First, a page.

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TUF 19 Finale Prelim Fantasy Preview

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Adriano Martins" title="UFC lightweight Adriano Martins" style="width: 300px;" src="" align="left">International Fight Week in Las Vegas will come to a close on Sunday night with a stellar card featuring the best of the best from The Ultimate Fighter 19 as well as a cast of characters on the undercard including two outstanding light heavyweights from the show as well as a pair of bantamweight women looking to make an impact in a growing 135-pound division.
From top to bottom, the Ultimate Fighter 19 finale card is loaded with talent, but as we look ahead for the fantasy preview, it's the prelims that will get examined today as we break down a few key matchups, not to mention some of the rookie talent debuting on this show.
From Brazilian Jiu-Jitsu legends to potential champions, this undercard has it all, and these fights could be the difference between winning and losing in the upcoming fantasy game for the TUF 19 finale.
It's Team Penn vs. Team Edgar in this matchup between former Ultimate Fighter hopefuls as knockout artist Dan Spohn takes on former Ohio State wrestler Pat Walsh.
Spohn was arguably the most talented fighter at 205 pounds while competing on the show, but he lost in an absolute war with finalist Matt Van Buren to get knocked out of the tournament. Still, Spohn showcased some seriously well-rounded skills during his time in the house, and he's a fighter who should flourish now that he's finally landing in the UFC.
Spohn is a creative dynamo when it comes to his striking, throwing big, heavy looping punches mixed with a fast kicking game.  He compliments both parts with one of the best flying knee attacks you'll see in the sport, and he's been known to use it to finish a few opponents in the past.  Spohn can also wrestle, and while his jiu-jitsu game probably isn't the strongest weapon in his arsenal, his defensive grappling is good enough to keep him out of any trouble.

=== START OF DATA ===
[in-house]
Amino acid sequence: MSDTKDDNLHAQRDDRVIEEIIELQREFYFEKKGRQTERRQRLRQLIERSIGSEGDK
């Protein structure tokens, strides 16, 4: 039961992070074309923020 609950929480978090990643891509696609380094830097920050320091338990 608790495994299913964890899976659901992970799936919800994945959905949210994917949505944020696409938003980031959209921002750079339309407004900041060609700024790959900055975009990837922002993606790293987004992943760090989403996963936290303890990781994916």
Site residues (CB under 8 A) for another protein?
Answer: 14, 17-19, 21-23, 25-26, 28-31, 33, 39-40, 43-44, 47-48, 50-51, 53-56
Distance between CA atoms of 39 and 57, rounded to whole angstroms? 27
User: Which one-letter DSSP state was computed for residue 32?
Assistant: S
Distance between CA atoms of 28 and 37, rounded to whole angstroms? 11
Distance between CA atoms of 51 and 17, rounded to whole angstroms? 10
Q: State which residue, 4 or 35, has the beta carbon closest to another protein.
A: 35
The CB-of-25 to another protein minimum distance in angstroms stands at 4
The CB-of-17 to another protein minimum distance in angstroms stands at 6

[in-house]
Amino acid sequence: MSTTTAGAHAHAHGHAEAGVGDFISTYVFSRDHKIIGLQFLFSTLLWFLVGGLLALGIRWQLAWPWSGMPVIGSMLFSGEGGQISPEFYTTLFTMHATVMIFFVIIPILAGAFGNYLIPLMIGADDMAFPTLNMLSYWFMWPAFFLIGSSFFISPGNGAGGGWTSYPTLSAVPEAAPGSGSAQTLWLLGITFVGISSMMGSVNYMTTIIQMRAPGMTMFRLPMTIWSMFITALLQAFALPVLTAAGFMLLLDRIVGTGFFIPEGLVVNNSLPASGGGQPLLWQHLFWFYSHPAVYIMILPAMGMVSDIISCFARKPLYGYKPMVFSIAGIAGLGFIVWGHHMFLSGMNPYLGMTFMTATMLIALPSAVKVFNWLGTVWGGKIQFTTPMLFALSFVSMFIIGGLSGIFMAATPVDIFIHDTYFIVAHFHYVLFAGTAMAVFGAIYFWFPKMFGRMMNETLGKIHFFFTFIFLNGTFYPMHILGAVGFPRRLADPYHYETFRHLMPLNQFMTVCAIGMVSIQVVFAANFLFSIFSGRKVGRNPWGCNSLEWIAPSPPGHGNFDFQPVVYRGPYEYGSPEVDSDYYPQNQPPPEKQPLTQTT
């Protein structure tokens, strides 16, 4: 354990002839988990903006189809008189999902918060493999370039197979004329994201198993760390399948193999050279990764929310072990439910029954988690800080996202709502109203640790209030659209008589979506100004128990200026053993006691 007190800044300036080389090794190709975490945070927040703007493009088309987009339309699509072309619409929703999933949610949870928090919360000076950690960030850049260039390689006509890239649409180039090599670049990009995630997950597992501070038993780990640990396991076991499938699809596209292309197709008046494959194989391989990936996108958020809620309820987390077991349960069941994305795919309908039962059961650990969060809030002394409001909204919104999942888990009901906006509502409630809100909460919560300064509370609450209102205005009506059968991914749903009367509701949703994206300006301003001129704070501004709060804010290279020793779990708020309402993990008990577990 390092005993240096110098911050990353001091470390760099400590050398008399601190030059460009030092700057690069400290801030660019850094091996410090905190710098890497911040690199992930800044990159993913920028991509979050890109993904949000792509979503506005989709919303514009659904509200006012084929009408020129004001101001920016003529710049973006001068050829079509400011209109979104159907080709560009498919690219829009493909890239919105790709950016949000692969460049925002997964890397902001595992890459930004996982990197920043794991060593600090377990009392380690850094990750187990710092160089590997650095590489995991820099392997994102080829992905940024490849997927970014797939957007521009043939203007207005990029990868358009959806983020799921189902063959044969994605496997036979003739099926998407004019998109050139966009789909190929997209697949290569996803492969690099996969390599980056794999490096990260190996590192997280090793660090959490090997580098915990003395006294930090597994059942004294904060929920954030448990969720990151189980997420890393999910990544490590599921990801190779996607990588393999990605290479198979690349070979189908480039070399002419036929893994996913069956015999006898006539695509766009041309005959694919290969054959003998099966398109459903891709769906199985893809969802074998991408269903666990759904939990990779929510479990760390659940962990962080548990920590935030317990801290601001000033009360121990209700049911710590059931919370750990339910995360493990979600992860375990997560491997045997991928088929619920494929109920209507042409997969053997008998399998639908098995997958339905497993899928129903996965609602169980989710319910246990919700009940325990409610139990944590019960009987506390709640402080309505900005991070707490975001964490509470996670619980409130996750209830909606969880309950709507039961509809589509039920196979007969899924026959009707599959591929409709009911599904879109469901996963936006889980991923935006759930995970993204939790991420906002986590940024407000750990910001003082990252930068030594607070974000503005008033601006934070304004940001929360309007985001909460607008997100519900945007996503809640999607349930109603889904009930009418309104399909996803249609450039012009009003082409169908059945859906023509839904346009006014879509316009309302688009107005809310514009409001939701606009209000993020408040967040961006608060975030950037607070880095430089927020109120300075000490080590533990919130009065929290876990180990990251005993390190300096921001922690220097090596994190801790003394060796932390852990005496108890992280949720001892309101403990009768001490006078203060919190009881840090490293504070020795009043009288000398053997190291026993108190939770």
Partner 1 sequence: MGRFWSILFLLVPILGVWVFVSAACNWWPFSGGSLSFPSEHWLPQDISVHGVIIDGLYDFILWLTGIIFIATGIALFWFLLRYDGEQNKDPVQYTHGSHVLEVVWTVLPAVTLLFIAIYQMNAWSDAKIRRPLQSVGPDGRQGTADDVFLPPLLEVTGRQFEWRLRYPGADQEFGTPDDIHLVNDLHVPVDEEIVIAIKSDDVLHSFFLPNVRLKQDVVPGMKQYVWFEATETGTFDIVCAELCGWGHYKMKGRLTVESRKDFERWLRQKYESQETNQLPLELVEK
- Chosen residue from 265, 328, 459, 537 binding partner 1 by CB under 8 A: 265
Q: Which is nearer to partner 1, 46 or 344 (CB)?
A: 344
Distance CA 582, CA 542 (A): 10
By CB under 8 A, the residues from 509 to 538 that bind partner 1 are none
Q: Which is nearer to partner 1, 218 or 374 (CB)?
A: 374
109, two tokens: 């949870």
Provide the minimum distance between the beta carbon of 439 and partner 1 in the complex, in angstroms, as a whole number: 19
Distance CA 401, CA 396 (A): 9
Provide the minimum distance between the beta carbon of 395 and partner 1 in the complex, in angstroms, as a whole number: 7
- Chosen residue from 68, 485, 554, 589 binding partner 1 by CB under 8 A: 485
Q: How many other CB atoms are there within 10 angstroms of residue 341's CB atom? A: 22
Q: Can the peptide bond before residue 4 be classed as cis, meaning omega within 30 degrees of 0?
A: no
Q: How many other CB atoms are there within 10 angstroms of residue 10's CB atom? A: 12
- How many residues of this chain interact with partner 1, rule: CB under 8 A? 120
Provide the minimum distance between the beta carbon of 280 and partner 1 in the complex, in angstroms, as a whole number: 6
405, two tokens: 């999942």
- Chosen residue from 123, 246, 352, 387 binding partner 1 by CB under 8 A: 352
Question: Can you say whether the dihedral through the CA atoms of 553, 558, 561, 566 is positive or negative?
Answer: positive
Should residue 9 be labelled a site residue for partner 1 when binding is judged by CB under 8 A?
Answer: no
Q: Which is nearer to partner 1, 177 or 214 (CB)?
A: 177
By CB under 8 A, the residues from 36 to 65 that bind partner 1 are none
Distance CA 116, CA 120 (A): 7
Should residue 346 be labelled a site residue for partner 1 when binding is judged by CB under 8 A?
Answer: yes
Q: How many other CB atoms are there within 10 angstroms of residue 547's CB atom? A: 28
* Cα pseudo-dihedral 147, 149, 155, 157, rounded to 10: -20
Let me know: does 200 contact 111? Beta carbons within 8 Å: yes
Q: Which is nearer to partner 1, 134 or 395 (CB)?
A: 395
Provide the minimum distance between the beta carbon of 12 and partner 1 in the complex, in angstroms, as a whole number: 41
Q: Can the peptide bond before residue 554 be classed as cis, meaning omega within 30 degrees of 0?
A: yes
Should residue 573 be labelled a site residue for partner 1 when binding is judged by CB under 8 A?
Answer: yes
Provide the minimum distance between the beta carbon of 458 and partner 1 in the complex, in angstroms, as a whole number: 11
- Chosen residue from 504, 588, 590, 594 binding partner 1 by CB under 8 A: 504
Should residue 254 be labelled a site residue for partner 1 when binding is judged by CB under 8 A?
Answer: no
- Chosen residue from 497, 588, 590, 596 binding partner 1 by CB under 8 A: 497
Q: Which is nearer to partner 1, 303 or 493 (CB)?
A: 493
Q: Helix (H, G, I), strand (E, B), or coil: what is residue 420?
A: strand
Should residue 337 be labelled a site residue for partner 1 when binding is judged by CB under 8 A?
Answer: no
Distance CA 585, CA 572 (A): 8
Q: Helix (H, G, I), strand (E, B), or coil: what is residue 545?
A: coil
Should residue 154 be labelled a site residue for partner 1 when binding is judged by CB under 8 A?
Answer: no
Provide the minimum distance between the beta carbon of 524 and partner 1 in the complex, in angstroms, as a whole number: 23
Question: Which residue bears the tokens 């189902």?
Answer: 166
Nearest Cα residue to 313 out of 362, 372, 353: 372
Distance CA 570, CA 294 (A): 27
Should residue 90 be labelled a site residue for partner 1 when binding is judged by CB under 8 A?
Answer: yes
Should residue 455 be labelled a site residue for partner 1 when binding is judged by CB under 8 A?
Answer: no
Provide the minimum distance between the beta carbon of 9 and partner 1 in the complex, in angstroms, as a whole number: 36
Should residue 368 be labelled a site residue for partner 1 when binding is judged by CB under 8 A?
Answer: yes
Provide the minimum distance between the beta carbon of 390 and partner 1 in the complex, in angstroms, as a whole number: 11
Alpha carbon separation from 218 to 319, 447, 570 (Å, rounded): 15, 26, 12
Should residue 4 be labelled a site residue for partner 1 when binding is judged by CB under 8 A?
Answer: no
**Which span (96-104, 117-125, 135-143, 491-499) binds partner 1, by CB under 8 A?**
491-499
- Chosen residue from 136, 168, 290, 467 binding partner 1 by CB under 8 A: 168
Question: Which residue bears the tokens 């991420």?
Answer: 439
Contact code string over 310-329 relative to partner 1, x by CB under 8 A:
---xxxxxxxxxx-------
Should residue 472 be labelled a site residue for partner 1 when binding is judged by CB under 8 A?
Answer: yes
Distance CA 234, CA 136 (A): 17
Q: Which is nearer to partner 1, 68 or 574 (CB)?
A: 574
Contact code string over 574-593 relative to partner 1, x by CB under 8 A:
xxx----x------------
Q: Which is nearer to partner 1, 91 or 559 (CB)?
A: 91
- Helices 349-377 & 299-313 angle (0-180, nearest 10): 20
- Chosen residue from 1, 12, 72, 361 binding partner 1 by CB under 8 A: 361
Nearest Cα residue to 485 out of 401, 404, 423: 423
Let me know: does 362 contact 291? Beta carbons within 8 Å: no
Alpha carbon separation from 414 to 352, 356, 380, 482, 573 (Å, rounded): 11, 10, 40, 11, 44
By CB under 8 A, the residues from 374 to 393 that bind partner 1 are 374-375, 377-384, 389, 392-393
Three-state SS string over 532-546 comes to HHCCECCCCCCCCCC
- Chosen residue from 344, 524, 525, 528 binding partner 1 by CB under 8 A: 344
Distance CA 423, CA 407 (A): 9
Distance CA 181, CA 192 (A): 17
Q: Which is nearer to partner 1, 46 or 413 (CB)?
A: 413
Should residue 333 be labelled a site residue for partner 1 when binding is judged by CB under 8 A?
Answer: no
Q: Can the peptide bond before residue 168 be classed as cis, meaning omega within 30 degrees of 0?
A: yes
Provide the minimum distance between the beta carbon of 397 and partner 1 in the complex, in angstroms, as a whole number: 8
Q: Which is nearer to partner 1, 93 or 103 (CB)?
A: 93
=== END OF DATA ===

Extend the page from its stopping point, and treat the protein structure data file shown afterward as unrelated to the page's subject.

Pat Walsh is a former Division I college wrestler with a small, compact frame, as well as deceptive speed and power on the feet.  Where Walsh falls short, and what will likely cause his downfall in this matchup, is his tendency to strike longer than he should while holding his hands down around his waist.  Walsh likes to bait his opponents in with a lacking defensive posture, but against a fighter like Spohn that's like putting your leg in a shark tank to tempt the Great Whites and thinking you'll still be able to walk away when the day is over.
Spohn is explosive from every angle and he's got true one-punch knockout power.  He's also going to come into this fight with a chip on his shoulder after coming maybe one or two strikes away from beating Van Buren and competing in the finals himself.  Spohn will try to overwhelm Walsh early, and chances are he'll find an opening to slip a punch or knee through to clip, catch and finish the Massachusetts native before the second round can even begin.

Former Ultimate Fighter hopeful Sarah Moras will make her long-awaited UFC debut when she takes on one of the real prospects of the division in Alexis Dufresne, who makes her first appearance inside the Octagon as well.
Moras was a member of Team Tate on The Ultimate Fighter, coming out of Canada while facing some stiff competition in her early career as a professional. She has a win over show winner Julianna Pena and her one pre-TUF loss came by decision to future teammate Raquel Pennington while fighting in Invicta FC.  Moras is a really solid wrestler with top-notch submission skills, which is how she finished Pena in their fight before the show. 
She will definitely have her hands full in this matchup, however, as Team Quest fighter Alexis Dufresne makes her debut with a mountain of hype riding behind her. 
Dufresne is a multi-time Brazilian Jiu-Jitsu champion training out of the same camp in California responsible for MMA legend Dan Henderson.  She's primarily a grappler, although her striking has made leaps and bounds of improvements as witnessed in her 45-second drubbing of Kim Couture in her last fight.  Maybe the best thing about Dufresne is her overwhelming confidence and attitude, which will surely carry her a long way in the UFC as long as her performances inside the cage back up the chatter.